Evaluation of a Prototype Low-Cost, Modular, Wireless Electroencephalography (EEG) Headset Design for Widespread Application

Report No. ARL-TR-7703
Authors: Theodric Feng; David Kuhn; Kenneth Ball; Scott Kerick; Kaleb McDowell
Date/Pages: June 2016; 52 pages
Abstract: Recently there has been increasing interest in the development and distribution of low-cost modular electroencephalography (EEG) systems that can be assembled and used by scientists, physicians, and even novices for widespread application, including real-world neuroimaging, in-home medical monitoring, and gaming/entertainment, across a diverse user community (e.g., OpenBCI). Accordingly, the purpose of this pilot project was to design and test the applicability of such a prototype EEG headset consisting of a set of Velcro straps with designated locations for integrating various potential types of EEG sensors. We provided the participants with written instructions for assembling the straps and asked them to apply both the prototype system and a standard commercial system on 2 identical head models on 3 different days. We digitized the locations of the sensor locations and analyzed electrode distances relative to standard reference locations on the head models. Results indicated that the participants were able to consistently apply the system with acceptable differences in accuracy and precision (<1-cm error) for most of the tested electrode locations, which was comparable to those achieved using a standardized electrode cap with fixed electrode locations, although significant differences were observed for some locations between prototype and standard systems. In this report we also discuss implications and needs for future research.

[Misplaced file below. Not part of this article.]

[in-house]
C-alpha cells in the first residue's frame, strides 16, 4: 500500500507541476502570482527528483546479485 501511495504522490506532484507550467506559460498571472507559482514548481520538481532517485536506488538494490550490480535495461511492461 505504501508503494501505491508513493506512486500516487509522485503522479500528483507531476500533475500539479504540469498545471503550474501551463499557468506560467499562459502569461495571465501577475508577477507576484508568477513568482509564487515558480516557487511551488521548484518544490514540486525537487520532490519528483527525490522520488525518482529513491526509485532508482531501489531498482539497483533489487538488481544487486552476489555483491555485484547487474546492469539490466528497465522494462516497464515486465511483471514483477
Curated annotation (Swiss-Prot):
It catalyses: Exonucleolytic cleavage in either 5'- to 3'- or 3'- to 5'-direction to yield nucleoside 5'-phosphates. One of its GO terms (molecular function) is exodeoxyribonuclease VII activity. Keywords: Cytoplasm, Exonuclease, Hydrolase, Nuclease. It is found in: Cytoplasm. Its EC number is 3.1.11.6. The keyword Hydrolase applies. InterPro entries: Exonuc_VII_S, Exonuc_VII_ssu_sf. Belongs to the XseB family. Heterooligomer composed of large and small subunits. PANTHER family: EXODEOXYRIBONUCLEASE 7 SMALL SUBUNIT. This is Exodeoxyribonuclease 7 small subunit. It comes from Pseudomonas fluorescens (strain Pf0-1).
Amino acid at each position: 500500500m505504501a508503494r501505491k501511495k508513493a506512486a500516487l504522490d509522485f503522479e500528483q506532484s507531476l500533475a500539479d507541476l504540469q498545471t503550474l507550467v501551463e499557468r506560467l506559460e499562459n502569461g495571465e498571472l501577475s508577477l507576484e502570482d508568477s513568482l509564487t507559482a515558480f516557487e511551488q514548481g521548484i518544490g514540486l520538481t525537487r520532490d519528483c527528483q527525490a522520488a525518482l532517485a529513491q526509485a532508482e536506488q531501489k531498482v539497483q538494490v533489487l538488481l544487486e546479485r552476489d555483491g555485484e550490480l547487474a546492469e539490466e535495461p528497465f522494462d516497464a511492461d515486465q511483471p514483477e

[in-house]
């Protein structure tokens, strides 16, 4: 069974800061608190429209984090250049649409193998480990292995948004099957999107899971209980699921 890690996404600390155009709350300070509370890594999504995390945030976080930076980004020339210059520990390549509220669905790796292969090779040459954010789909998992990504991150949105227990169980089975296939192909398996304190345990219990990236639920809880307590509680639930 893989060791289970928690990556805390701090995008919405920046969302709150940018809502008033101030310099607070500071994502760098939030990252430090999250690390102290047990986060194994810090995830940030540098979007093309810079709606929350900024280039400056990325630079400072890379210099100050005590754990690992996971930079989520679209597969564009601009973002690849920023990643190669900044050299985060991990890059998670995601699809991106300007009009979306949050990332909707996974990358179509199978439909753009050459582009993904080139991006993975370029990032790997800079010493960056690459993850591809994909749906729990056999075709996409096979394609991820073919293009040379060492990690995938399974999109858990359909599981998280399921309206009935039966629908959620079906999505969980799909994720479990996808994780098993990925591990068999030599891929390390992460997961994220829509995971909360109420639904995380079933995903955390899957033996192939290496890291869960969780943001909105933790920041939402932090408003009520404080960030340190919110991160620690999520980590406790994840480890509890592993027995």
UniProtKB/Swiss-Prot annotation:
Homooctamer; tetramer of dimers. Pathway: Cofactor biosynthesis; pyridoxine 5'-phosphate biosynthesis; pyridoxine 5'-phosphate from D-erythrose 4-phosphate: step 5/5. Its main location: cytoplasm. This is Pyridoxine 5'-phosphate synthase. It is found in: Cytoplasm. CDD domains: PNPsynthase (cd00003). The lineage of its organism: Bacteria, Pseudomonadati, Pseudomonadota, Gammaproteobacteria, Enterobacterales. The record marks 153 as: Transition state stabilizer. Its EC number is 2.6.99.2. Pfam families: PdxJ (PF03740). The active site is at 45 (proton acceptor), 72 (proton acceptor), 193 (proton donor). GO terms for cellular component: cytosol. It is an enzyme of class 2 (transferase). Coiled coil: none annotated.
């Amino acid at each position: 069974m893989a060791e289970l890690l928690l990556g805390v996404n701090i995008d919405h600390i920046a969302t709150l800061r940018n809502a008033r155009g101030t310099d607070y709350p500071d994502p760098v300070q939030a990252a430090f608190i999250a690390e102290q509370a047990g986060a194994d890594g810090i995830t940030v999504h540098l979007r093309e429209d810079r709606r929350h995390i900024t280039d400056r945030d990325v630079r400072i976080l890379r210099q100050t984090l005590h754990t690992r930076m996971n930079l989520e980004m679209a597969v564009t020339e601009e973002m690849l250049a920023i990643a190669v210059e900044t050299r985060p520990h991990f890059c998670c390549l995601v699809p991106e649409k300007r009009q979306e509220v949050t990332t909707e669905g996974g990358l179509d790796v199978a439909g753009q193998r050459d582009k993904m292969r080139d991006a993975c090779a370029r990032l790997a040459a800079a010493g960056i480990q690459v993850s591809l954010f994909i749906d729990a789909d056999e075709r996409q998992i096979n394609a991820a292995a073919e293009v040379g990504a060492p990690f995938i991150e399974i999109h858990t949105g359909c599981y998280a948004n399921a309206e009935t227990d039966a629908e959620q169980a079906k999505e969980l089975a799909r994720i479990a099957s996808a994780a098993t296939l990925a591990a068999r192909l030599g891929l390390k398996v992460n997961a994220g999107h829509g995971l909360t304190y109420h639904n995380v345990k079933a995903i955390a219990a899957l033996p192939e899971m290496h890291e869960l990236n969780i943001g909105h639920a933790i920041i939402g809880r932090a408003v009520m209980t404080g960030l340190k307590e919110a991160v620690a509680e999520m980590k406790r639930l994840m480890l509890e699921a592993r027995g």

Distribution: Approved for public release
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Last Update / Reviewed: June 1, 2016